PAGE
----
What Is a Jewett Brace?

A jewett brace will restrict a person's movement to a certain degree.
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  • Written By: Christina Whyte
  • Edited By: Jenn Walker
  • Last Modified Date: 19 September 2014
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A Jewett brace is a type of back brace designed to be worn after back surgery or a back injury, though these braces are sometimes used for other spinal conditions as well. The purpose of the brace is to prevent movement that could potentially re-injure a patient's back. Wearing a Jewett brace will restrict a patient's movement and activities to a certain degree, though they do allow patients to be mobile.

There are many different types of braces available for various back problems or injuries. These range from full jacket braces, which cover the entire torso and completely immobilize the back, to flexible elastic braces that only provide some support and remind the wearer not to perform certain movements. Jewett braces hold the back in an upright, extended position — as opposed to a rounded, bent, flexed position — using three pads: one on the chest, one on the lower abdomen, and one on the back. The pads are held on a metal and plastic frame that goes around the body and stabilizes the torso.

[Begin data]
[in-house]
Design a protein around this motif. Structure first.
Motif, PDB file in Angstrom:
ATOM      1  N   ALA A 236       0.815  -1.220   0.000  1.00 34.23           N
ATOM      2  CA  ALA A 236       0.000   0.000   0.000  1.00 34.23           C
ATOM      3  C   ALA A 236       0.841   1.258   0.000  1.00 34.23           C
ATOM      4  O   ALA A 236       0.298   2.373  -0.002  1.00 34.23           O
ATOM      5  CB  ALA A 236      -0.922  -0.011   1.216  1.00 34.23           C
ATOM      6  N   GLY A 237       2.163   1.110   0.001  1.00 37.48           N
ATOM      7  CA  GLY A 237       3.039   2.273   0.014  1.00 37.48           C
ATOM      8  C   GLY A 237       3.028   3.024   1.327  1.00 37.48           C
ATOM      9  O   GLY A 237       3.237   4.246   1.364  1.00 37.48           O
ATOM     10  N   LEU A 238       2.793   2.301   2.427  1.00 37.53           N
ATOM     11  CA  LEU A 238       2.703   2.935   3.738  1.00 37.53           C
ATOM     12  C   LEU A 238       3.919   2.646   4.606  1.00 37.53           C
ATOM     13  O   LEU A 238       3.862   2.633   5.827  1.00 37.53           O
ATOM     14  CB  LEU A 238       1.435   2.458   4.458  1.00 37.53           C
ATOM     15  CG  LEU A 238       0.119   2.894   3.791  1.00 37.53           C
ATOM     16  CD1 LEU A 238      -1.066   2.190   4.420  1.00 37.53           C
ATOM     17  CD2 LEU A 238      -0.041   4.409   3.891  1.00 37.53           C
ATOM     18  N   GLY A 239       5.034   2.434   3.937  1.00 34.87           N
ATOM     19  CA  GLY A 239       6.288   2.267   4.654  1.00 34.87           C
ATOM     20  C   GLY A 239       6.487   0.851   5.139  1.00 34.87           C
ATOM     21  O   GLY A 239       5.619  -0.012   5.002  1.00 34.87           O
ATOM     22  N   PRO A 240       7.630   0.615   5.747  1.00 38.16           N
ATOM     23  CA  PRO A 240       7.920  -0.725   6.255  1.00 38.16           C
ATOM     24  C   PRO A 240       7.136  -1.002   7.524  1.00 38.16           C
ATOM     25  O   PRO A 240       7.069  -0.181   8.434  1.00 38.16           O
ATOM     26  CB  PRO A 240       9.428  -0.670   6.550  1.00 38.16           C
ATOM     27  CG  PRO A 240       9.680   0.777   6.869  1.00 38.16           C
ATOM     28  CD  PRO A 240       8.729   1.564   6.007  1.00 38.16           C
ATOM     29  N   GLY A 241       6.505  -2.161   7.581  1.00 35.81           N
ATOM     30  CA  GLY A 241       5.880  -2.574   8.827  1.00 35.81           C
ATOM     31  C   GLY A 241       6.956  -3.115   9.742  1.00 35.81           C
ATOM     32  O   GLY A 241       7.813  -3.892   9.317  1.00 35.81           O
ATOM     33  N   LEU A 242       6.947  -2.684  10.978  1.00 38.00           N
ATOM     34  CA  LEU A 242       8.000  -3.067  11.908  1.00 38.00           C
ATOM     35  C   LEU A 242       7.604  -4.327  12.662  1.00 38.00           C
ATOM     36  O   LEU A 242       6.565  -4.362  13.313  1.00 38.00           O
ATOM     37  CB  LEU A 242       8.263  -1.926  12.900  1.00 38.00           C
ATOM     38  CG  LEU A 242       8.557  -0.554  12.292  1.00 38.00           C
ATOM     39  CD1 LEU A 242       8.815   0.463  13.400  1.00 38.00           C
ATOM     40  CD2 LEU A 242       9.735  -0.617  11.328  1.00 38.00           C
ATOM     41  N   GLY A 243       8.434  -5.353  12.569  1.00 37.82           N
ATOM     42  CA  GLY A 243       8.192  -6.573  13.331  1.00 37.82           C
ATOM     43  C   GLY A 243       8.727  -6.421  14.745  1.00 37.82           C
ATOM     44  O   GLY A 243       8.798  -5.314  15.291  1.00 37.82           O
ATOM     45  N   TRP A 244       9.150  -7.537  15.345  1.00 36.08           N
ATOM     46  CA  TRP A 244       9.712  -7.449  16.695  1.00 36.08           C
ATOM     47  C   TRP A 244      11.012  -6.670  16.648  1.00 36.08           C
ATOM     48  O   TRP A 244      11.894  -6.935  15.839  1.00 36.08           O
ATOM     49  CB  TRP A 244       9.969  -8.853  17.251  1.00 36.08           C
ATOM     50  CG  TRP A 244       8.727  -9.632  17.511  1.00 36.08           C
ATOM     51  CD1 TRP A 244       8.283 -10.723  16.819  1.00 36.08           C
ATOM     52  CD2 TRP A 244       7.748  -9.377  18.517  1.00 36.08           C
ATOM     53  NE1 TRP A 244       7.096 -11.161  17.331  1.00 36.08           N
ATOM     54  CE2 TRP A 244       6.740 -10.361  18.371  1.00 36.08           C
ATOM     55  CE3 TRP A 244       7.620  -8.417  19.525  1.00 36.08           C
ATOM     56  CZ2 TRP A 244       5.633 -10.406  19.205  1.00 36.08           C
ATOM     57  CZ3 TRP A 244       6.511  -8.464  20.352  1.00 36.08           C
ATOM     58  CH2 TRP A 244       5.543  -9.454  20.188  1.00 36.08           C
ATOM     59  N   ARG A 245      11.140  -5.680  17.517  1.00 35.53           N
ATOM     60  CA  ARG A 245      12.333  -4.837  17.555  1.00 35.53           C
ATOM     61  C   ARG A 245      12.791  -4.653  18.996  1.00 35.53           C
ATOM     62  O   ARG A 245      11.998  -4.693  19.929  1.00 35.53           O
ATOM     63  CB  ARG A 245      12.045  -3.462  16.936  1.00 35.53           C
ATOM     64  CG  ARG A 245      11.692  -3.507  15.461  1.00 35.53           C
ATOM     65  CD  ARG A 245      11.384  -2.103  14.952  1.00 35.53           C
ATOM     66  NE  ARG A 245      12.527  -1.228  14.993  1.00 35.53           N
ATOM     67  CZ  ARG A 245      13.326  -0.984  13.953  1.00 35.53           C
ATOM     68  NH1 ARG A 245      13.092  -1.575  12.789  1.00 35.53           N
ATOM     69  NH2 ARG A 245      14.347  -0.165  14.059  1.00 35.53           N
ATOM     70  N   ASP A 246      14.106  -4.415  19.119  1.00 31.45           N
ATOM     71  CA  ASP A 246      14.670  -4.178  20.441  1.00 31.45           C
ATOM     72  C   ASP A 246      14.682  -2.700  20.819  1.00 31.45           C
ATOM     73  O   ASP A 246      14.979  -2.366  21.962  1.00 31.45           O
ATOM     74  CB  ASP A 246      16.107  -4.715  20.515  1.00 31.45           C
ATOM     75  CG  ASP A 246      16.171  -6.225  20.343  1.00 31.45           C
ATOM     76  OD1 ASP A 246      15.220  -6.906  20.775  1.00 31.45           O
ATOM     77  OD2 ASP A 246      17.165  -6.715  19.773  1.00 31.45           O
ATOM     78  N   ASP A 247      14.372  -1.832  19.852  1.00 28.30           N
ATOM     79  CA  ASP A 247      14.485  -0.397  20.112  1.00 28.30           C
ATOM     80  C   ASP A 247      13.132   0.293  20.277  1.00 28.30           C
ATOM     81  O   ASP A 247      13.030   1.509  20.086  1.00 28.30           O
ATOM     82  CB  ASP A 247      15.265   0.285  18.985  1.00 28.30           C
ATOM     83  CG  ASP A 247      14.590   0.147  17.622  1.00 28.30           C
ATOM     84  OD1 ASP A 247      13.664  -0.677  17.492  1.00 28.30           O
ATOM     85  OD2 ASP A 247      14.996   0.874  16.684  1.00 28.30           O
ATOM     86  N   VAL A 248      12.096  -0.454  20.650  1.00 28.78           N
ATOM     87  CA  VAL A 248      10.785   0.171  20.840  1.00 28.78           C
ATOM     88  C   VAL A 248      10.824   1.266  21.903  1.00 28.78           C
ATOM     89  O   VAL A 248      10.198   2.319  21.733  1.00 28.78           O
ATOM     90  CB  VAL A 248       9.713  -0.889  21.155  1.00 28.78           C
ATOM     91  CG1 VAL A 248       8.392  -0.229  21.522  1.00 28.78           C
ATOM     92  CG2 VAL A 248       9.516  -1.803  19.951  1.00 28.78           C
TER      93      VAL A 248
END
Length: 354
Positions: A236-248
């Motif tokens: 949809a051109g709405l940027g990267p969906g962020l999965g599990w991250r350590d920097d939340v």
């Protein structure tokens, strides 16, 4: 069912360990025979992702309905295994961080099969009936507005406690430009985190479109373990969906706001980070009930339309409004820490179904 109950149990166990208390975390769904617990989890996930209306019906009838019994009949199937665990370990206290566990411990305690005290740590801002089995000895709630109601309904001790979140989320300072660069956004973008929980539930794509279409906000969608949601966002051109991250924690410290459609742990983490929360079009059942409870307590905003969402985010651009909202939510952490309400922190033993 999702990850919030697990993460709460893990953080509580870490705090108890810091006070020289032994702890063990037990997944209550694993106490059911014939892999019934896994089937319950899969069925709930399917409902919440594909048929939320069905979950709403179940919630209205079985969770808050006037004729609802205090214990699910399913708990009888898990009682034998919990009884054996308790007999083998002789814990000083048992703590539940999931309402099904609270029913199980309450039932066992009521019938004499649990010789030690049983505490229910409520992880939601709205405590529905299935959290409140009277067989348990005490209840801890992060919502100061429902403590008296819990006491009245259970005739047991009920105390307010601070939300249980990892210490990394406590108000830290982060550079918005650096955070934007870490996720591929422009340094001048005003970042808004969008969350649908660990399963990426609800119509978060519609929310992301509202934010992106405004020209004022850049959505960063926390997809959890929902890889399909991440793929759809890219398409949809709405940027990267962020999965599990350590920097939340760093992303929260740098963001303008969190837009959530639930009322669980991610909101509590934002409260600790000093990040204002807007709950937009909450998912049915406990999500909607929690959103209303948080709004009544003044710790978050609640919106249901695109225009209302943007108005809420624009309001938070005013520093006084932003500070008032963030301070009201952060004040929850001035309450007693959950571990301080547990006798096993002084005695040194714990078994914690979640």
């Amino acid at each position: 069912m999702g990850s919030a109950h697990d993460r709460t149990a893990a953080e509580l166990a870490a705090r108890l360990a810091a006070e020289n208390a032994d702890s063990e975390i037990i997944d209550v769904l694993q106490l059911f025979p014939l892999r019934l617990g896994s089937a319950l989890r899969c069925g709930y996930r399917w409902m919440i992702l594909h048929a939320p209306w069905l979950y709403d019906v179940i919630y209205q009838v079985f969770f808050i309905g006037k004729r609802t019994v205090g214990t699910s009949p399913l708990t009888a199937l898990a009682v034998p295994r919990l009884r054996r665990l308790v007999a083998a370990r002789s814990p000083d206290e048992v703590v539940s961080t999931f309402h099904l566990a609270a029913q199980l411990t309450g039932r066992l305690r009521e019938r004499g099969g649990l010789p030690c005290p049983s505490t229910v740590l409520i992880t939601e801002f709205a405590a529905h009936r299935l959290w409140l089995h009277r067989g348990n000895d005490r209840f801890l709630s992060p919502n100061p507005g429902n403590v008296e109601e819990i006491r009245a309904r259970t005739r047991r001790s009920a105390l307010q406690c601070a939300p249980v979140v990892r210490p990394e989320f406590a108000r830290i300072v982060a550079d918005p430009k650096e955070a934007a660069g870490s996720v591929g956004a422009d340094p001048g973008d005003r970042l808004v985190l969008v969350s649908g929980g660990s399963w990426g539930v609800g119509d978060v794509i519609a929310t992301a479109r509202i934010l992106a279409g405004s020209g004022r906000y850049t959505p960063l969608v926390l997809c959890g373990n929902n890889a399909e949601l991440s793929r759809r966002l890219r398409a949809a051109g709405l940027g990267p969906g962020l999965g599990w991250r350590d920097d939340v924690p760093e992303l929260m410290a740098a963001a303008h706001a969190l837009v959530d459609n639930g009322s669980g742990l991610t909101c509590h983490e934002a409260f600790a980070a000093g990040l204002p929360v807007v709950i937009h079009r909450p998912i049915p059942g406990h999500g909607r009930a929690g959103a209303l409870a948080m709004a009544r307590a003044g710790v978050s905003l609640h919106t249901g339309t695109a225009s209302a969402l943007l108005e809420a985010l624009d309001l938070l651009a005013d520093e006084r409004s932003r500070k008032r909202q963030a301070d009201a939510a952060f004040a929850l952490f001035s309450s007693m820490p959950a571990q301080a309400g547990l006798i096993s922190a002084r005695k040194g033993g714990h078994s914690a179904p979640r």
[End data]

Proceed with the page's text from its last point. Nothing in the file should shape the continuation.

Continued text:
While wearing a Jewett brace, patients will be unable to perform certain activities, so they will need to plan ahead to have some assistance from another person. Most types of bending and twisting will not be possible, and patients will not be able to sit in some types of chairs. Some types of reaching and other movements will also be impossible, so patients will need to make sure that everything they might need is easily accessible. A helper will be needed each time the brace is removed and put on to make sure it is properly positioned and adjusted.

For nearly all conditions requiring a Jewett brace, it is important for patients to keep the back straight at all times. For example, when getting out of bed, patients will need to roll like a log to turn onto their sides as opposed to twisting the spine. The brace should prevent movement that would cause pain and potential injury, but patients will need to be careful when the brace is not being worn and when it is being removed or adjusted.

Wearing a Jewett brace can cause some physical discomfort and frustration due to limited movement. It is important to wear a cotton shirt underneath the brace to minimize skin irritation and to prevent sweat buildup underneath the pads. Patients who are experiencing irritation, redness, or any other difficulty with the brace should contact the person who fitted the brace, as it may need to be readjusted. Some patients, such as those with existing spinal curvature, may not be able to wear a Jewett brace and will need a different brace.


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Post 1

I hadn't heard of this type of back brace before. I guess it's not as common as some other types like Milwaukee or Boston.

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